New governance arrangements, including an operational board
Chief executive's update on recent progress
Requirement on vets to disclose convictions
These were among matters discussed by the RCVS Council at its meeting on March 7. The RCVS President, Jacqui Molyneux, chaired the meeting, which was held at Belgravia House, London SW1P.
Statistics from Altmetric.com
INTRODUCING a paper outlining new governance arrangements for the RCVS, the President, Jacqui Molyneux, explained that the proposals had been discussed in detail by the various RCVS committees and that, in general, they had been supported by them.
The paper noted that, at the November 2012 meeting of the RCVS Council, proposals for the creation of an operational board had been broadly supported (VR, December 1, 2012, vol 171, p 552). Since then, an additional Council workshop had been held in January 2013 to discuss the issue further. Under the proposals, the operational board would deal with the day-to-day running of the College, while the RCVS Council would take the strategic decisions. Other proposed changes concerned the relationship between the Council and its committees, with the paper outlining a proposed system of delegation from the RCVS Council to the Treasurer, operational board or committees.
A number of Council members commented on a proposal that RCVS committees should not include an officer as a member. Instead, it was being proposed that each main committee should invite one officer regularly to attend its meetings as an observer.⇓
David Catlow said that this seemed to be denying officers the right to attend committee meetings, and this might potentially keep officers ‘out of the loop’. He felt it was important that officers should hear discussions that took place within committee meetings.⇓
Jerry Davies, RCVS vice-president, said he believed that officers would choose to attend committee meetings as observers. In his experience as an officer, there was ‘an awful lot of material to try to get your head round’, and the intention behind the proposals was for each officer to ‘major’ in different areas for the three years they were on the officer team. All officers could attend meetings and listen to proceedings, although they would not be members of the committees.
Mrs Molyneux added that the chairs of each of the committees would become members of the operational board, so there would be greater direct reporting from the committees.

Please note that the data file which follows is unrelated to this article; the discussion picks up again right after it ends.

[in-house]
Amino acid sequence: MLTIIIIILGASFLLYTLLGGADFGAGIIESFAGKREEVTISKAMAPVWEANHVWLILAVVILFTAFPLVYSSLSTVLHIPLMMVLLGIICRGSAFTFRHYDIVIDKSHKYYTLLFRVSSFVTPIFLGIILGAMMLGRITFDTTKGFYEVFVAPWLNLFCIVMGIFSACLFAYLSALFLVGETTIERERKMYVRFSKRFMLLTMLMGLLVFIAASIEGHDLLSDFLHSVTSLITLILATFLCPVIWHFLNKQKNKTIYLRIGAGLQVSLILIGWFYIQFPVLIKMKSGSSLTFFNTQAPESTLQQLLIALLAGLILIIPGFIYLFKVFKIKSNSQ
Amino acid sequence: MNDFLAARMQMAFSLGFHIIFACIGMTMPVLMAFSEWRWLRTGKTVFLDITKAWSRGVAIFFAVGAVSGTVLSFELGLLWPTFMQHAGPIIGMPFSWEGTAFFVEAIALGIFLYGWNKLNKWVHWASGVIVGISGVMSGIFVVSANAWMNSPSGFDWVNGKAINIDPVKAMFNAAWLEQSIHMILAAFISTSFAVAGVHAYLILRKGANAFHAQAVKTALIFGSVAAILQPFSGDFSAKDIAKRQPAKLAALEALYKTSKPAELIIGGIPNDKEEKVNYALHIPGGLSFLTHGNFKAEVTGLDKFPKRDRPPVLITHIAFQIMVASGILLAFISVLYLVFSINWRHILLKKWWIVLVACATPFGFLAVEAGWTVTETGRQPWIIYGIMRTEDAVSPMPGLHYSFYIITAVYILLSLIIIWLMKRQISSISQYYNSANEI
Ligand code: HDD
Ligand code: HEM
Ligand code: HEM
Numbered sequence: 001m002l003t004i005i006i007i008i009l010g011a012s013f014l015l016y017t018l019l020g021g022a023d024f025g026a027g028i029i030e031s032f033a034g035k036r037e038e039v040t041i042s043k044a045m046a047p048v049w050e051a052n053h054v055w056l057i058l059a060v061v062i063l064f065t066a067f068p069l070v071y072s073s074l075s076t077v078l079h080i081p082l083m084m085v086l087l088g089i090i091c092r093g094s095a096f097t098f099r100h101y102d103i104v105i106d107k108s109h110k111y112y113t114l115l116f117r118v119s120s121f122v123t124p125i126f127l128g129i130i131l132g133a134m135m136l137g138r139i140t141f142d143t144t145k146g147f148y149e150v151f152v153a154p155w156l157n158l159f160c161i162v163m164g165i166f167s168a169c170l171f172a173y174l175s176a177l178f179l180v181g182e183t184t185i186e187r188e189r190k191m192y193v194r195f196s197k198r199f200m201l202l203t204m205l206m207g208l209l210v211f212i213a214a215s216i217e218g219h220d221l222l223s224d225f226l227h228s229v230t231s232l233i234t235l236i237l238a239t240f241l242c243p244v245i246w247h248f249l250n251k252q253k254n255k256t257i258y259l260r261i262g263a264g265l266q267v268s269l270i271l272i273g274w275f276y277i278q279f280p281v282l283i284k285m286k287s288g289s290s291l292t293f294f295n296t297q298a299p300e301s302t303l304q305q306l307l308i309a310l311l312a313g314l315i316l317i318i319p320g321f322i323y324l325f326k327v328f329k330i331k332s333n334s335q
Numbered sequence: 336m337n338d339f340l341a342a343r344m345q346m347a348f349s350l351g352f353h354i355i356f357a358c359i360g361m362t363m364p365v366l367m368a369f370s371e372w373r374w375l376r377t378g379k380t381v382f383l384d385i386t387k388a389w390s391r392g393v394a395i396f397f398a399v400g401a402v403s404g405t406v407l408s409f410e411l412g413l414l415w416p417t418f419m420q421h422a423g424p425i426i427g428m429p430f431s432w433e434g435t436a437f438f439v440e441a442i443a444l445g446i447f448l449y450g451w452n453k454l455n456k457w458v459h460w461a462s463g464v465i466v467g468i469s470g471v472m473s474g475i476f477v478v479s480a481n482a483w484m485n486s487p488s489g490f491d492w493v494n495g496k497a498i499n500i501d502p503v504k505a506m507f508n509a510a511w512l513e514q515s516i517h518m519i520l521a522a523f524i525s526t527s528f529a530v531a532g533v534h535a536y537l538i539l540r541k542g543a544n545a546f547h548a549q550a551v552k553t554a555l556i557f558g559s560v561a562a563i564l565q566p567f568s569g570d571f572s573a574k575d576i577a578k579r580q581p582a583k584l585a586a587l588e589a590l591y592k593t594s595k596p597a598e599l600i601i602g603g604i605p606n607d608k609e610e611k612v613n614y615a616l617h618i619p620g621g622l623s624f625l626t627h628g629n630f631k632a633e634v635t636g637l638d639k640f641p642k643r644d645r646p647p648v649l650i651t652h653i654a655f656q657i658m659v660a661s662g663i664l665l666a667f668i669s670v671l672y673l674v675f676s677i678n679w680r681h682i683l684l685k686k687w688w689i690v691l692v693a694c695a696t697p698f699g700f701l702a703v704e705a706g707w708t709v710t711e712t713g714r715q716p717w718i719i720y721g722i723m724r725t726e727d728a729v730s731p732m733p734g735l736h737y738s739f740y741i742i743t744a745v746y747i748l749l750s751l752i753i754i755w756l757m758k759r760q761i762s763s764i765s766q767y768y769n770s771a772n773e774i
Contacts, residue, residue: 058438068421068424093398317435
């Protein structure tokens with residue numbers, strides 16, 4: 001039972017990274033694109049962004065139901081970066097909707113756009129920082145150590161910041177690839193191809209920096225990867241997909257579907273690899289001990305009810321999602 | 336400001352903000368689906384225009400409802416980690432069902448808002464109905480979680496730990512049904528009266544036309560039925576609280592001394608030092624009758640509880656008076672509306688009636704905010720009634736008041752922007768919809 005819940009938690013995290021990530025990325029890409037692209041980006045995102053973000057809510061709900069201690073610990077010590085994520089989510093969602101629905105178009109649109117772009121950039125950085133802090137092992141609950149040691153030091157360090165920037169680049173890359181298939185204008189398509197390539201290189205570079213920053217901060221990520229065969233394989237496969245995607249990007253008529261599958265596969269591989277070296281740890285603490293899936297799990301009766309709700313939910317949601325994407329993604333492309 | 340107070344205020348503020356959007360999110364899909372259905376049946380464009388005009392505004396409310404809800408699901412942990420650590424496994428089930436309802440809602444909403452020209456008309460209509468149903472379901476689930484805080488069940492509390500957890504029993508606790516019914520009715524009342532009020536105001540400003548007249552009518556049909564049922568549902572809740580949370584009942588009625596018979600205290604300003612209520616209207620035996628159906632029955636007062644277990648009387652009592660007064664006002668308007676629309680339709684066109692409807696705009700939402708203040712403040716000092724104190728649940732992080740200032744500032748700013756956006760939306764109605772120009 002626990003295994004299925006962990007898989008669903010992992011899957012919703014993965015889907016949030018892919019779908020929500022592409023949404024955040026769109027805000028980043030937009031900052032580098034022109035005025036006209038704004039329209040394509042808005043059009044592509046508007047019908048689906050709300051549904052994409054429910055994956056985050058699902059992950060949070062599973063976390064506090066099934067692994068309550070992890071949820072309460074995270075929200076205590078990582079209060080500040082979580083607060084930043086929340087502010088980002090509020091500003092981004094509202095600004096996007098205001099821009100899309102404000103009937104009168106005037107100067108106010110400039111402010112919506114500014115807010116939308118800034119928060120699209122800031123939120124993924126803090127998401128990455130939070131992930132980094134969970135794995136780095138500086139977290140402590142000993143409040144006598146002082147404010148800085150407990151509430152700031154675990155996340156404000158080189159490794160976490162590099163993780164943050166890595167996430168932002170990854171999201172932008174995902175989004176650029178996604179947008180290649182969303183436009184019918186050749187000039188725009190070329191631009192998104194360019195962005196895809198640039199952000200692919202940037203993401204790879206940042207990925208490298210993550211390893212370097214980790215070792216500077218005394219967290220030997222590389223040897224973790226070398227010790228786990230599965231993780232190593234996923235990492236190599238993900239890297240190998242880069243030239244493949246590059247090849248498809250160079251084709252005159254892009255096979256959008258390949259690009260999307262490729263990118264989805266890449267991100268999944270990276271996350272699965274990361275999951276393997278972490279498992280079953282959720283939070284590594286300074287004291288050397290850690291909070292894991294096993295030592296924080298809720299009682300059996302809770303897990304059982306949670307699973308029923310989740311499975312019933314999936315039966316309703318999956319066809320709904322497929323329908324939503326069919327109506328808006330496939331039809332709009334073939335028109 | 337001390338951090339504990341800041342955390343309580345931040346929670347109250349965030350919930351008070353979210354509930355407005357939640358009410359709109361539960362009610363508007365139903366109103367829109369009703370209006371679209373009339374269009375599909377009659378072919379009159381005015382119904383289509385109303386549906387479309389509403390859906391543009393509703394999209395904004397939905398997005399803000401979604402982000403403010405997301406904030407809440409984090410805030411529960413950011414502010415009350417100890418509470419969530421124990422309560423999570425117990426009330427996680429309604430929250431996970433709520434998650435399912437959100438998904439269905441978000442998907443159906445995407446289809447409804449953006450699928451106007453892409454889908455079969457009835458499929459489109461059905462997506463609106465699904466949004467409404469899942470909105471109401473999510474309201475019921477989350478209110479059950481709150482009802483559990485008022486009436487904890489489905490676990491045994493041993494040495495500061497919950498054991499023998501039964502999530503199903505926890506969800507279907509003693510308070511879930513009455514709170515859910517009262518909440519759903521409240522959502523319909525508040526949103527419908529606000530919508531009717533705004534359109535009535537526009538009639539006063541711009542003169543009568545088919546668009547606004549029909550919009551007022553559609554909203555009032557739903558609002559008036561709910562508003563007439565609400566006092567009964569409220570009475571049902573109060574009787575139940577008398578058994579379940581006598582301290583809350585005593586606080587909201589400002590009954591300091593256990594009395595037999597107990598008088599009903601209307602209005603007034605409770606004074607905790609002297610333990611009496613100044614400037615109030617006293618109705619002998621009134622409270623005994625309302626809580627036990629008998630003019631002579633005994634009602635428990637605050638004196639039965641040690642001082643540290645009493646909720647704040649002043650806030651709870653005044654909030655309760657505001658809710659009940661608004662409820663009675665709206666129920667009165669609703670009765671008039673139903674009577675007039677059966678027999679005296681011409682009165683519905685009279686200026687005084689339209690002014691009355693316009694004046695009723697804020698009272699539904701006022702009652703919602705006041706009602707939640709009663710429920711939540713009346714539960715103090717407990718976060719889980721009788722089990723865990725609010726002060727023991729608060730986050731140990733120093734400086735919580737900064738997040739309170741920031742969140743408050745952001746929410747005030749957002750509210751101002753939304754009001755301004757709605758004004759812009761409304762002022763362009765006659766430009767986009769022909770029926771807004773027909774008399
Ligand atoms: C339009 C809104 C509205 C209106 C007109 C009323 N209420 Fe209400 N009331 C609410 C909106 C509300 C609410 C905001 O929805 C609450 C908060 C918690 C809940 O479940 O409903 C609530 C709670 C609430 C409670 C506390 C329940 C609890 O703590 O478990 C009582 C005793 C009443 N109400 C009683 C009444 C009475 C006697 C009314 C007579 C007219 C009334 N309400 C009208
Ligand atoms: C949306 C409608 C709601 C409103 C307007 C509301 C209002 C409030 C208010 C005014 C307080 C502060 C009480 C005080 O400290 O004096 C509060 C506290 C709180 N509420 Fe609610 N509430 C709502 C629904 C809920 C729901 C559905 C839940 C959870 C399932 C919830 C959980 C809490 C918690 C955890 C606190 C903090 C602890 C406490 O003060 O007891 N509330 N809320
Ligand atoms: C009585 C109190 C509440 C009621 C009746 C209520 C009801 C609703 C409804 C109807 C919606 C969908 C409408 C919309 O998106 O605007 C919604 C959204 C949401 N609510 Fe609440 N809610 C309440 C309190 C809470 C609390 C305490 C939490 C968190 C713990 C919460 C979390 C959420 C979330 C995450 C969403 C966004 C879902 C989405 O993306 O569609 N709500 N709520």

Barry Johnson said that all three members of the presidential team should attend all the main committee meetings as they would be expected to deal with questions from members and the public outside of the meetings. ‘You only really get that feel for what a committee is doing if you've been there,’ he said.
He was supported by Peter Jinman, who added that there was a need to define which committees were the ‘main’ ones.
Jill Nute commented that most past-presidents of the College would agree that it was easier to answer questions from members at events such as regional question time meetings if they had been present at a committee meeting. However, this did not mean an officer had to be a member of the committee.
Nick Stace, the RCVS's chief executive, said that there had been a feeling in the past that the officers acted as a ‘block vote’ at committee meetings. Under the new system, officers would still be entitled to attend committee meetings and it may be that they wished to continue to do so. The new system would be reviewed in a year's time, and he suggested that the Council should wait to see how it worked.
The paper was accepted. The new arrangements will come into force after the RCVS's annual general meeting on July 5.
The Council also approved another paper setting out the committee structure that will operate until the AGM, together with revised general administration byelaws. The newly revised byelaws no longer lay down the constitution and terms of reference of the RCVS committees or the roles and delegated powers of the officers’ meetings. The intention is that the Council instead approves a statement each year setting out the governance structure, without having to go through the procedures for amending byelaws.
Chief executive's update
GIVING what he described as a ‘warts and all’ update, the RCVS's chief executive, Nick Stace, discussed progress with a number of initiatives within the College since the last Council meeting in November 2012.